See it!Get the Timberland Jayne Waterproof Teddy Fleece Fold Down (originally $160) on sale with free shipping for just $110, available from Zappos!We’re thrilled that these boots are on sale right now — the timing is key! As we prepare ourselves for the frigid temperatures winter will surely bring, these boots will make an excellent addition to our shoe racks. They’re not too heavy, they can handle the changing climate and they will match with so many ensembles.Oh, and let’s not forget to mention the positive reviews about these boots. Shoppers claim they’re the best winter footwear option around — and you can score these five-star rated boots on sale!See it: Get the Timberland Jayne Waterproof Teddy Fleece Fold Down (originally $160) on sale with free shipping for just $110, available from Zappos!Not what you’re looking for? Check out more styles from Timberland and shop all of the boots and booties on sale, available from Zappos!Check out more of our picks and deals here!This post is brought to you by Us Weekly’s Shop With Us team. The Shop With Us team aims to highlight products and services our readers might find interesting and useful, such as face masks, self tanners, Lululemon-style leggings and all the best gifts for everyone in your life. Product and service selection, however, is in no way intended to constitute an endorsement by either Us Weekly or of any celebrity mentioned in the post.The Shop With Us team may receive products free of charge from manufacturers to test. In addition, Us Weekly receives compensation from the manufacturer of the products we write about when you click on a link and then purchase the product featured in an article. This does not drive our decision as to whether or not a product or service is featured or recommended. Shop With Us operates independently from advertising sales team. We welcome your feedback at [email protected] Happy shopping! Timberland Jayne Waterproof Teddy Fleece Fold Down (Light Brown Nubuck) Zappos- Advertisement – Sponsored content. Us Weekly receives compensation for this article as well as for purchases made when you click on a link and buy something below.Timberland boots are some of the most iconic shoes on the market. They’ve been around for decades, and their staying power is proven — particularly in cold weather hubs like New York City. You may think that Timberland boots are bulky and for the boys, but they actually produce fabulous footwear for women with a relaxed, feminine touch!- Advertisement – These boots are lined with a warm and cozy fleece material, which is ideal for the upcoming winter season. Timberland boots are renowned for being weatherproof, so they can withstand nearly any type of snow, rain or sleet that you may encounter. These shoes are designed in a lace-up style that reaches all the way up past the ankle. They’re made from a suede leather, which is super flexible. You can leave them up, or fold them down to reveal the fuzzy lining for a trendy, Aspen-approved look.As with all Timberland boots, they’re stamped with the tree logo on the side toward the back of the heel. And speaking of the heel, this boot has a low profile that measures just about an inch high, which is suitable for everyday wear. There are different variations of the classic Timberland style that have been modified to fit a wide variety of customer needs, like this pair we just spotted on Zappos! Not only are they true to the brand’s DNA, they’re on sale for over 30% off. Seriously!Timberland Jayne Waterproof Teddy Fleece Fold Down (Wheat Nubuck) ZapposSee it!Get the Timberland Jayne Waterproof Teddy Fleece Fold Down (originally $160) on sale with free shipping for just $110, available from Zappos!- Advertisement – – Advertisement –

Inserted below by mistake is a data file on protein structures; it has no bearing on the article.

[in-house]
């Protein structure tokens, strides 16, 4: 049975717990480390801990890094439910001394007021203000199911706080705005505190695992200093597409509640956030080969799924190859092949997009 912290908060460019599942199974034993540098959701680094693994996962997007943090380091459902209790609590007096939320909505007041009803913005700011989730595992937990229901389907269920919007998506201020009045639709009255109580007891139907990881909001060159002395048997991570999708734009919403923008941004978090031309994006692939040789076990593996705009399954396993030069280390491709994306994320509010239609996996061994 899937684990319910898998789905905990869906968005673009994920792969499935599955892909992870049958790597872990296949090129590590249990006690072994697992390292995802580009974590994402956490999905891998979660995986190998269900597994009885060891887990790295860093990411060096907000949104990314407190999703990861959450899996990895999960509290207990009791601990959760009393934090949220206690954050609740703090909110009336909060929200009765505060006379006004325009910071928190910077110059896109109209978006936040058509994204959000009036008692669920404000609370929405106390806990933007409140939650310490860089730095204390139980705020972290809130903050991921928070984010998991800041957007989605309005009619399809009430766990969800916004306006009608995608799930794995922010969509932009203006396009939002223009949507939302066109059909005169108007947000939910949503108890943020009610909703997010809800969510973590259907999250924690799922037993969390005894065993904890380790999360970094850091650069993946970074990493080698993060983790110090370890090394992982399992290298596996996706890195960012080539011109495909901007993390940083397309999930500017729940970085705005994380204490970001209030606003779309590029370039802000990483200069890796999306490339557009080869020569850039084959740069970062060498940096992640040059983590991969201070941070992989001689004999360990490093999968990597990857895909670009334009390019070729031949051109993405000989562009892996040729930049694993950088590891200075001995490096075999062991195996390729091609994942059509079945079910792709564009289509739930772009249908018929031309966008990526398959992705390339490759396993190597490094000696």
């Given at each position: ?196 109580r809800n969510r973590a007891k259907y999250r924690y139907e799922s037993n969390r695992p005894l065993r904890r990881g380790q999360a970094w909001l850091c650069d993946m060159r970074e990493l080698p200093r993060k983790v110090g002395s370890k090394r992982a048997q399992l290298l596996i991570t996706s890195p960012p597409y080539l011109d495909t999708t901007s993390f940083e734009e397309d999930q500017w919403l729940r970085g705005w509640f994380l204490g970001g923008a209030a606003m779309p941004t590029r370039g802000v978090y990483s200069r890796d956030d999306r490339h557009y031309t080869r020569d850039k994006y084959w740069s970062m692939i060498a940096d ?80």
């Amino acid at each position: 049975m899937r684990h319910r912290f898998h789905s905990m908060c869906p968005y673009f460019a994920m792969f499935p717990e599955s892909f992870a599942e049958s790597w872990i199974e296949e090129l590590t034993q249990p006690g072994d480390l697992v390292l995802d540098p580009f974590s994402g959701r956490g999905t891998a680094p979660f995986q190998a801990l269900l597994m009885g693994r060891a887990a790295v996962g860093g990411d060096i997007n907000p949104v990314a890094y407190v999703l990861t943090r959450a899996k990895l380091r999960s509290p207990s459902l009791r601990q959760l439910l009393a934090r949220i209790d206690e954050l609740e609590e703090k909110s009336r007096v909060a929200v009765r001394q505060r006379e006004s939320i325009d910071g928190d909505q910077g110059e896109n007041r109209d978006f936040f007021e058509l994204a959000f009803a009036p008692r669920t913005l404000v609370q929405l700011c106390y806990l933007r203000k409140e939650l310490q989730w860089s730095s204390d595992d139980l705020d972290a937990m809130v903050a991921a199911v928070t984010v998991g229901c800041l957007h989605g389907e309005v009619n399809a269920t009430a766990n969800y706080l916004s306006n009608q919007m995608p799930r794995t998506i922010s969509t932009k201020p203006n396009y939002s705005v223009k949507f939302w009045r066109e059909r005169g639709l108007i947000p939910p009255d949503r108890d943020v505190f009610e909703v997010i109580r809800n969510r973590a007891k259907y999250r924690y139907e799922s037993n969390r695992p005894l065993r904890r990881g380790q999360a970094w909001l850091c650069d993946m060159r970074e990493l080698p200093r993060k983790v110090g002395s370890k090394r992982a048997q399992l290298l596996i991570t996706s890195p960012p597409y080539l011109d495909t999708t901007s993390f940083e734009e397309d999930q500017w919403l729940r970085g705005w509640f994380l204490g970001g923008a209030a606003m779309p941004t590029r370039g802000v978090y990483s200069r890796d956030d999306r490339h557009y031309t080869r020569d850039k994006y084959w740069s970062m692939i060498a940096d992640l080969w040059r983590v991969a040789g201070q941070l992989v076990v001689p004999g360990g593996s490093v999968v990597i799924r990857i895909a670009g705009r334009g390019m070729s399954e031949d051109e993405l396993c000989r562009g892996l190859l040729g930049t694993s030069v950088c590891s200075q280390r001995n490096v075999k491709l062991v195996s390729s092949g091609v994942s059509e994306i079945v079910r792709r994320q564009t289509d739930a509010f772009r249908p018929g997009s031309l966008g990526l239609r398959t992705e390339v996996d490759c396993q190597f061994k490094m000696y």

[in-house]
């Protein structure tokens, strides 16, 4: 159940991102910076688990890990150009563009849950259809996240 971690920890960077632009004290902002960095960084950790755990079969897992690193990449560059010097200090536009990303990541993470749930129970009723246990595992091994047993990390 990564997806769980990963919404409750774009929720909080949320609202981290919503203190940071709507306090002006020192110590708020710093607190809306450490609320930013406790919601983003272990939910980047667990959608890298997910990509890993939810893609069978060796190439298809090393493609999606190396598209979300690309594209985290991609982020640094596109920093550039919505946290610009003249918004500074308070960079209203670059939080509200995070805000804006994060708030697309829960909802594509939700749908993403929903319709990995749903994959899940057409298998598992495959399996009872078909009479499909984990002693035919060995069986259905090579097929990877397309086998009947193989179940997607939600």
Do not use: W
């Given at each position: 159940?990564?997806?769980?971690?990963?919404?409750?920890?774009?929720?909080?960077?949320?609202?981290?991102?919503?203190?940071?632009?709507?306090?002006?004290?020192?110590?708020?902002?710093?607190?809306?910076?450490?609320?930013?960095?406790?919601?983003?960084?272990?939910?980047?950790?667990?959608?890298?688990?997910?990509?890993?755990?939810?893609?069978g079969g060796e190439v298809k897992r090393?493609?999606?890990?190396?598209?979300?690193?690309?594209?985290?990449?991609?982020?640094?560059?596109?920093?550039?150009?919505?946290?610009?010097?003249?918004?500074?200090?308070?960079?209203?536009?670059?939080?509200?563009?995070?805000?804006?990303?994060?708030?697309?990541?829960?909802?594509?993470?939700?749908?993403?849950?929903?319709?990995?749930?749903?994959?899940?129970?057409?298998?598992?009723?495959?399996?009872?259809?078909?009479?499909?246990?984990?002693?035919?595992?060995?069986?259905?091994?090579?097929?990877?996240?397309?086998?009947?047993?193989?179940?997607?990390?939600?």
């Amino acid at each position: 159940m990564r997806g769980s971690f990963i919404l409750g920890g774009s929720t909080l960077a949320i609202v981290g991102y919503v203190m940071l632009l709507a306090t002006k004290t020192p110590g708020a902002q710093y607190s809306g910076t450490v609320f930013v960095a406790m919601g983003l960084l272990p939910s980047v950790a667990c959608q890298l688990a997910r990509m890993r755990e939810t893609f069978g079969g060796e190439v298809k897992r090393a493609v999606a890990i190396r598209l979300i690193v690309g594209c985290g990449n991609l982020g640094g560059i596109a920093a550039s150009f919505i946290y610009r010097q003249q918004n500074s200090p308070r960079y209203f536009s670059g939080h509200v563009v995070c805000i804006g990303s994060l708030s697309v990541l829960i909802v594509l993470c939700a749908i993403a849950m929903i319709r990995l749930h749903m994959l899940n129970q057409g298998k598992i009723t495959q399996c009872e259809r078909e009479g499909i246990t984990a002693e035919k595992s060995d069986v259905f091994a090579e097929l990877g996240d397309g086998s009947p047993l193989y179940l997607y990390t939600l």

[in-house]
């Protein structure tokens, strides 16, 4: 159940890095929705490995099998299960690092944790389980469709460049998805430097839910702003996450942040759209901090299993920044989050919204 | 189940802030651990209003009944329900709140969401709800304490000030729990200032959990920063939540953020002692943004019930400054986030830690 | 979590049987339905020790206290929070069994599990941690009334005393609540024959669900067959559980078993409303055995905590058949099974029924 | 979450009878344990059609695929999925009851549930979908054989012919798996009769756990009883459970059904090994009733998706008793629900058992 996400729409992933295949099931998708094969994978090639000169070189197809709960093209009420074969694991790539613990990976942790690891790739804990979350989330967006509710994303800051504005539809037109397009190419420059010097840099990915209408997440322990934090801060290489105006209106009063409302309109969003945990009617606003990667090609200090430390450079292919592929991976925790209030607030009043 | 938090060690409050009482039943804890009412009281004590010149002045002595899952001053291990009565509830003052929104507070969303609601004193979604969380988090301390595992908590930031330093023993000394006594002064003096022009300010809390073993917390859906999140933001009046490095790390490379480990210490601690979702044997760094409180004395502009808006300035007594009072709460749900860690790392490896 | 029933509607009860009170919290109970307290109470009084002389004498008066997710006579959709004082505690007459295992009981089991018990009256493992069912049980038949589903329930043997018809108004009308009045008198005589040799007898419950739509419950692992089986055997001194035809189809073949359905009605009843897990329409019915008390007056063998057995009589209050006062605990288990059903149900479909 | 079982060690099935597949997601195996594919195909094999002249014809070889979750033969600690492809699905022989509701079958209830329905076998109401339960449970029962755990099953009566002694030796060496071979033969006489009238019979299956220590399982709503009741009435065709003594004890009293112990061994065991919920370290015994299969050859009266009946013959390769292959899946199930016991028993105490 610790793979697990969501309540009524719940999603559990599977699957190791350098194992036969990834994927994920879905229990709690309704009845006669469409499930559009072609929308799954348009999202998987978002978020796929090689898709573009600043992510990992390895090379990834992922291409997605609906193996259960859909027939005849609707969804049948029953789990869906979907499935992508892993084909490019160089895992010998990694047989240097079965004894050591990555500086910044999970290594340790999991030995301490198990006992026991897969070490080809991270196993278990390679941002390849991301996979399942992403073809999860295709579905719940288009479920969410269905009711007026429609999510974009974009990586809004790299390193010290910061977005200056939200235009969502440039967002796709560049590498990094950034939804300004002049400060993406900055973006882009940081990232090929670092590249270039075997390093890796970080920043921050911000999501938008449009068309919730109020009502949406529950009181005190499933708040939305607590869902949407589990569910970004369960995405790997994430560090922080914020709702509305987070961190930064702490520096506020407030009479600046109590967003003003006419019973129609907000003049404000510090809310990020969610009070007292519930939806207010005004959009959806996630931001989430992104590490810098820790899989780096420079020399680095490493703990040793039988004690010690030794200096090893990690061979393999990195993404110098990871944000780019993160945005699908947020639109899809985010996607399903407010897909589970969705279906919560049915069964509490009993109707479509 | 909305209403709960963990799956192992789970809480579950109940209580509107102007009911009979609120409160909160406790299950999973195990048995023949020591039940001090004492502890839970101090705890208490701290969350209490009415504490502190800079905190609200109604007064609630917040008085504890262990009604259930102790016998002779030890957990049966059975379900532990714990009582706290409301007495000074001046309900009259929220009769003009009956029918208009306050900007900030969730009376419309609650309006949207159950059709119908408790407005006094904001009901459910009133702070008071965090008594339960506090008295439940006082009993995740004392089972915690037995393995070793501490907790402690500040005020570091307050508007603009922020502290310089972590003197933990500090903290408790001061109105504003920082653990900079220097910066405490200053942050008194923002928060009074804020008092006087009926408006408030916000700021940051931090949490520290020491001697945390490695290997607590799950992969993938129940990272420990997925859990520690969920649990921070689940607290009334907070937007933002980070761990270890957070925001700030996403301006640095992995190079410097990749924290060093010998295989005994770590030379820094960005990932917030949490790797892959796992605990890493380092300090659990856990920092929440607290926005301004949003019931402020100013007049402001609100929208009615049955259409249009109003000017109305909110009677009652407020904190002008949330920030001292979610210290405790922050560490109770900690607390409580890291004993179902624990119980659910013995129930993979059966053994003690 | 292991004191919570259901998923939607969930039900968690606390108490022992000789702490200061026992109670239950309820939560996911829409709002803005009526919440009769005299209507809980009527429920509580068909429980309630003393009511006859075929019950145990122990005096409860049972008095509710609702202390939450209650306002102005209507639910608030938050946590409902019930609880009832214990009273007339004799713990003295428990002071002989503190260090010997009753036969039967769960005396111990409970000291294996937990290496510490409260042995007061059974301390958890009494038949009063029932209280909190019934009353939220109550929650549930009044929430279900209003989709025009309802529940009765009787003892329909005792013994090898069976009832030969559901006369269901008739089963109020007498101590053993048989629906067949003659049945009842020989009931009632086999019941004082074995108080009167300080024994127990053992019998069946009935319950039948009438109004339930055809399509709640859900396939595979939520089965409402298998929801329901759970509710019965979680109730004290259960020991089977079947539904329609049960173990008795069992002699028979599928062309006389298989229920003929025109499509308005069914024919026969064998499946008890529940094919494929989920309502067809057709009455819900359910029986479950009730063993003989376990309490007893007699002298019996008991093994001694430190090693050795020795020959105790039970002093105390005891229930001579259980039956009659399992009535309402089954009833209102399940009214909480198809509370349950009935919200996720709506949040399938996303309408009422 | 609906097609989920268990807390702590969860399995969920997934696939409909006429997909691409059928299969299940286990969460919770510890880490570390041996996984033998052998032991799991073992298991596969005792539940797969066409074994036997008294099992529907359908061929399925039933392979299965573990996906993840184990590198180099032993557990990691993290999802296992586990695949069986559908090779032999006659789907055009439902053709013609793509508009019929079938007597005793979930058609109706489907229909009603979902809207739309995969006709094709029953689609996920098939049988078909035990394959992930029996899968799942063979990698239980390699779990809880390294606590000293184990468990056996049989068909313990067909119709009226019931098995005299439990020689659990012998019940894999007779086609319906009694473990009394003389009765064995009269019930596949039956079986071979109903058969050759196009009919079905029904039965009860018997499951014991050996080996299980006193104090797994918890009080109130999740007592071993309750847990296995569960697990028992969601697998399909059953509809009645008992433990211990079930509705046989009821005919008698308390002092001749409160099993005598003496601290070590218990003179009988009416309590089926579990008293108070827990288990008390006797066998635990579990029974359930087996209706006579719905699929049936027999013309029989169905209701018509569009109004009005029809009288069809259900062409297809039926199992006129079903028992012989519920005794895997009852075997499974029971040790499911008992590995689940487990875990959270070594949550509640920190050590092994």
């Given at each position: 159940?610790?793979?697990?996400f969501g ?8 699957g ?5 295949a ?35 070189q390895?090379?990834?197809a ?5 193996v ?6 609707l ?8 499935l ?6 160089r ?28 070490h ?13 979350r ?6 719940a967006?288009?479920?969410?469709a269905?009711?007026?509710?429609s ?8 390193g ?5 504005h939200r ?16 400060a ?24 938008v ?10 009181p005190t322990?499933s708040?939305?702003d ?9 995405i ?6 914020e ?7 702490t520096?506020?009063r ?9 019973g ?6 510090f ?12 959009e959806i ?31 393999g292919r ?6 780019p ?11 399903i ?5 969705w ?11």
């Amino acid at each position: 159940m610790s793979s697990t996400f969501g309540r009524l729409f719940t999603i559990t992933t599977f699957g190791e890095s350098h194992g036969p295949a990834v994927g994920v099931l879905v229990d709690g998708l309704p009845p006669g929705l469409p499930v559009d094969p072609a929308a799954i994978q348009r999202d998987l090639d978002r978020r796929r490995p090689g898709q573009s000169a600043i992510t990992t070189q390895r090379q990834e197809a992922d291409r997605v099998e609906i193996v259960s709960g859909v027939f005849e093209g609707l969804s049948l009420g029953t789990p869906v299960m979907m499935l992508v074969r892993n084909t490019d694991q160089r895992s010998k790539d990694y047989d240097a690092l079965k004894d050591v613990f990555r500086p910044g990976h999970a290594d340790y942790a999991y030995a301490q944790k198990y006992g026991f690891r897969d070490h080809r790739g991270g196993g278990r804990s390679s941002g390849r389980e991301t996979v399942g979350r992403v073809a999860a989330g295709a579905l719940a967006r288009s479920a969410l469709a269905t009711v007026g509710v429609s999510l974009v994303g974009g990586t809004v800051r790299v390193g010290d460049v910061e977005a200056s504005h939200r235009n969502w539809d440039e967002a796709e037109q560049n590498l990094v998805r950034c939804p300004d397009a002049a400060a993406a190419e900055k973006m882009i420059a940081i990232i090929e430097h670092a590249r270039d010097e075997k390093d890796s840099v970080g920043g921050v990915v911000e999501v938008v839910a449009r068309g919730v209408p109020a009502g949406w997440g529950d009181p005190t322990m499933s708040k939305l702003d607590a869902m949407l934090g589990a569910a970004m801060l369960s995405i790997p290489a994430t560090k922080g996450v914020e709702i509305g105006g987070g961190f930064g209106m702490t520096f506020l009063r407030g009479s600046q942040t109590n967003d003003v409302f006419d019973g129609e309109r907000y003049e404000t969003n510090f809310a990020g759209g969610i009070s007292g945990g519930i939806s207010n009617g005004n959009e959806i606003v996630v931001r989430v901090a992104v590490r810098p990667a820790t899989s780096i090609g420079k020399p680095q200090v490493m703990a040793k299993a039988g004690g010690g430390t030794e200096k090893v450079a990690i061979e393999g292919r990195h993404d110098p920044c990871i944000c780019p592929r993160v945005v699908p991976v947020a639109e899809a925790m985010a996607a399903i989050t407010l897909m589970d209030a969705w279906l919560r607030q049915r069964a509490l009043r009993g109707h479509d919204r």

Gary Player: “I don’t know how far the ball can go, I don’t know what the limit may be, but don’t be surprised if you see them hit it 500 yards because these guys are so big and so strong. It’s frightening” By Keith JacksonLast Updated: 12/11/20 5:46pm – Advertisement – Get Sky Sports Golf for just £10 a month All four days of The Masters exclusively live. Get our £10 golf offer. Find out more here. Gary Player believes that golfers will continue to increase hitting distance and feels we could one day see players hitting the ball 500 yards – Advertisement – – Advertisement –